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What makes the ideal author from a publicist’s point of view?

In broad terms, a publicist wants to know why you are interesting. For authors – who usually want to be appreciated for their work, not their personalities – this can be a difficult thing to deal with.

For a recent seminar organised by the Society of Authors, Tony Mulliken of Midas PR, a company that specialises in working within the publishing industry, helped me with the following list of ten vulgar questions to which a publicist would like to know the answer:

  1. What do you look like? Would a photograph of you make journalists sit up and take notice?
  2. Are you married/having a relationship at the moment, and with whom? Have you had a relationship in the past that would be of interest to other people?
  3. Can you talk as well as write? Would you interview well?
  4. What useful contacts do you have?
  5. What’s dramatic about you? What have you done in the past that could be turned into a useful story?
  6. What hobbies, or better still obsessions, do you have that could be made to sound interesting?
  7. Who are your enemies? (Controversy can be wonderful for getting publicity.) What kind of trouble have you run into in the past?
  8. Would you be willing to write articles for no money?
  9. Where do you live and what do your neighbours think of you? Are you willing to open your house up to the media?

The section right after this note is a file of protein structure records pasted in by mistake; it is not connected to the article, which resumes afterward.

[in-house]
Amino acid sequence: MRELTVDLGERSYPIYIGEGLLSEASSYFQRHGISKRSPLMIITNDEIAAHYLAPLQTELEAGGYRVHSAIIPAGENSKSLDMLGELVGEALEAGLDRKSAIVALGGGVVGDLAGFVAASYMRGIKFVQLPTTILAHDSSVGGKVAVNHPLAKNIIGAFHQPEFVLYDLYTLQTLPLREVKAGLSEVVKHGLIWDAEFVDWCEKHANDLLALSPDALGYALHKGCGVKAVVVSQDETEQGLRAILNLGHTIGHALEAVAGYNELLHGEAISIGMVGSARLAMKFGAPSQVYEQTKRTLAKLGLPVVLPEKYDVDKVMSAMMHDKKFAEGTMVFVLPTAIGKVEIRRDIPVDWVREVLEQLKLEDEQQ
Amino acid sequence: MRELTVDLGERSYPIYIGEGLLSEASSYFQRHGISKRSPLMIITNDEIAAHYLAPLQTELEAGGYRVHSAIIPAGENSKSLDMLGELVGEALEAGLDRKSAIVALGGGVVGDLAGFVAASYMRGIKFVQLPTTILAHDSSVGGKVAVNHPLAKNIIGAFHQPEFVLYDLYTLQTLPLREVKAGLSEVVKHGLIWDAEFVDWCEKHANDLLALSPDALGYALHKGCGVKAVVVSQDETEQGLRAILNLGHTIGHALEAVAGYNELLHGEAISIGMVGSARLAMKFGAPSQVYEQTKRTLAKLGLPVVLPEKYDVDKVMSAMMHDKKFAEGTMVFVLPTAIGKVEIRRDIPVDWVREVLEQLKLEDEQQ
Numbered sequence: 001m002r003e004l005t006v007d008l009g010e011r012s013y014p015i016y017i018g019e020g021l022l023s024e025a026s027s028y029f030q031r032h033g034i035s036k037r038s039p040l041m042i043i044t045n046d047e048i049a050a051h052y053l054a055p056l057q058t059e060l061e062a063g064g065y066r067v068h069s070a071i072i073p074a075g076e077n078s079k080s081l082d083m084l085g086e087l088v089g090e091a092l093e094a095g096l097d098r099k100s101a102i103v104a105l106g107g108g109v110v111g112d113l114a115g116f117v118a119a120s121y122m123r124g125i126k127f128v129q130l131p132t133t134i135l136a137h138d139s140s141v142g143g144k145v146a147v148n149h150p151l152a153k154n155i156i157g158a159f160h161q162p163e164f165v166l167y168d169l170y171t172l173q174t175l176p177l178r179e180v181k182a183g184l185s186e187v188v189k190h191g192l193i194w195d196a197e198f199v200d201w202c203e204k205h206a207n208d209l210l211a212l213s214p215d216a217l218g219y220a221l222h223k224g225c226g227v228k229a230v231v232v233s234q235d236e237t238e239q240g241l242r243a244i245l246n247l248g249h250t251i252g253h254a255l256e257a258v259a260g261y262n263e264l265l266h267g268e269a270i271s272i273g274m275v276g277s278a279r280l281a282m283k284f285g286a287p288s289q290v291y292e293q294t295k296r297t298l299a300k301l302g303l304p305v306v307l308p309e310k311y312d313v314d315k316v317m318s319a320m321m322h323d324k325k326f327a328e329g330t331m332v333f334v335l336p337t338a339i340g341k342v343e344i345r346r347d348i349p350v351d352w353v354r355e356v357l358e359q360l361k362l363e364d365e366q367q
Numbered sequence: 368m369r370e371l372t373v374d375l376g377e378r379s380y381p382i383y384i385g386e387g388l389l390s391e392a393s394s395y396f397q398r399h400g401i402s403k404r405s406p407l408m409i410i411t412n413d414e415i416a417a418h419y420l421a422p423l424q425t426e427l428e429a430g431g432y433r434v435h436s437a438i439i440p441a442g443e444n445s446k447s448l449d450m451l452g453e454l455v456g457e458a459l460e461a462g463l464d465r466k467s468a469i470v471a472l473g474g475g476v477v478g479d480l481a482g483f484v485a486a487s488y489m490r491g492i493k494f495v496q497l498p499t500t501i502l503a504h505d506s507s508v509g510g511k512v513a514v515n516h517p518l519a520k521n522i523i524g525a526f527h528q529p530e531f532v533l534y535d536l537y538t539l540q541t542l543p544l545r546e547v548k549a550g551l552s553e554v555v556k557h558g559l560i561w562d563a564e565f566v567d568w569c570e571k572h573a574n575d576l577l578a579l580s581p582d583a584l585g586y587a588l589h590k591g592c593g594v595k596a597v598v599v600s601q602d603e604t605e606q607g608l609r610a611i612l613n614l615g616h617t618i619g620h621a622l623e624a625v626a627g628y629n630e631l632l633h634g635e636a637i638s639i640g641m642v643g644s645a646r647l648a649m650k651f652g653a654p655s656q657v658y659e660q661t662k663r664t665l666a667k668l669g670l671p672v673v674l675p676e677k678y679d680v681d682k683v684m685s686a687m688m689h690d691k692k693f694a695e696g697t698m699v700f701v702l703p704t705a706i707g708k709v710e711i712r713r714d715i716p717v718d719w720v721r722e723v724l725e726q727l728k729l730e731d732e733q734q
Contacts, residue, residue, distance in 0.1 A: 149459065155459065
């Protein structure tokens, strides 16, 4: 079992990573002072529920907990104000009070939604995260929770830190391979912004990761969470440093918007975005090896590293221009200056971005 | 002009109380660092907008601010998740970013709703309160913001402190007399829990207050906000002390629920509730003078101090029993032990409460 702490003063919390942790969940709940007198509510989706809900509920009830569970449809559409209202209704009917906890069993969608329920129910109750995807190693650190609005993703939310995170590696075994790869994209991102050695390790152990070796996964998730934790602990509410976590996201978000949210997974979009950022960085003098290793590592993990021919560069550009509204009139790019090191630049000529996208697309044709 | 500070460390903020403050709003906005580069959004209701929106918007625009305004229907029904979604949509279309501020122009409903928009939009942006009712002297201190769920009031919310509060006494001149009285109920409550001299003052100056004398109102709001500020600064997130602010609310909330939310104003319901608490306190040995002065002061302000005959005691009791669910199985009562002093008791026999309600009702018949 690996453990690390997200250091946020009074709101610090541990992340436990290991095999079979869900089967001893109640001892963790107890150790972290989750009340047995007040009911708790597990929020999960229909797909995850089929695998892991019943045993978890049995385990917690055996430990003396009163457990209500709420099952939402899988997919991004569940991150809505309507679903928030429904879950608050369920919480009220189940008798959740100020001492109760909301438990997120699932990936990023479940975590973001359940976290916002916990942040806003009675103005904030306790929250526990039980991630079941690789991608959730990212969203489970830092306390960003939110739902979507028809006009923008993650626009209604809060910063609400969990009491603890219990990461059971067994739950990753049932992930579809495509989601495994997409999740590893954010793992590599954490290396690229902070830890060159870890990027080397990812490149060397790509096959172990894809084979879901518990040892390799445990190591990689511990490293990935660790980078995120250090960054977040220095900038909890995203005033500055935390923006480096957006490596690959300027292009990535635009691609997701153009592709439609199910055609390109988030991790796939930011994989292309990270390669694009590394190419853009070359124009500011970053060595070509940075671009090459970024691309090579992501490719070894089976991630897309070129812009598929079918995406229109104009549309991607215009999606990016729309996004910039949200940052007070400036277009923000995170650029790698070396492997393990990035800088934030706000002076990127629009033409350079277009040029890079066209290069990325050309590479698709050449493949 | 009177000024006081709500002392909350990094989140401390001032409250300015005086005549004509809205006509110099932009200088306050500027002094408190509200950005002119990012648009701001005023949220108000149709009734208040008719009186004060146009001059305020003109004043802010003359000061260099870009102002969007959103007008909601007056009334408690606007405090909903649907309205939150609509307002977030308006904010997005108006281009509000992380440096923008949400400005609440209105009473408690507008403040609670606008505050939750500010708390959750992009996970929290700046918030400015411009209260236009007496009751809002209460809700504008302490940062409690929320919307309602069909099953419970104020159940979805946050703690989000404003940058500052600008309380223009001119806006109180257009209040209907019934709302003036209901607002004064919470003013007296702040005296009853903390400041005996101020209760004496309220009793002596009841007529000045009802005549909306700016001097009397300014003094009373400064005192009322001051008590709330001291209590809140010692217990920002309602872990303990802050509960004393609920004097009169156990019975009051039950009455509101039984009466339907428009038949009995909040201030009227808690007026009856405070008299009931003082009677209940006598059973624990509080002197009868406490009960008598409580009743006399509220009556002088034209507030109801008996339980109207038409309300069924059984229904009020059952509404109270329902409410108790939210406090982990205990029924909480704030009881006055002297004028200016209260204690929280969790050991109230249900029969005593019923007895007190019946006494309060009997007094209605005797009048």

10. What is your relationship like with your family? Famous parents can be very useful, as can ‘black sheep relations’ happy to bring a private dispute into the public domain.

What is the most difficult type of author to promote from a publicist’s point of view?

Someone who:

  1. Sees their book as their final statement and won’t add anything to it
  2. Clams up when confronted by the media
  3. Complains constantly about what has not been achieved rather than acknowledging the effort that has gone into the process; never says thank you for what has been achieved
  4. Is immensely suspicious
  5. Has no sense of humour
  6. Doesn’t respond to media interest immediately – if you delay, they will be onto the next story.

If you found this article useful, you might want to take a look at:

Authors v Publishers

Things publishers dislike about authors

Author etiquette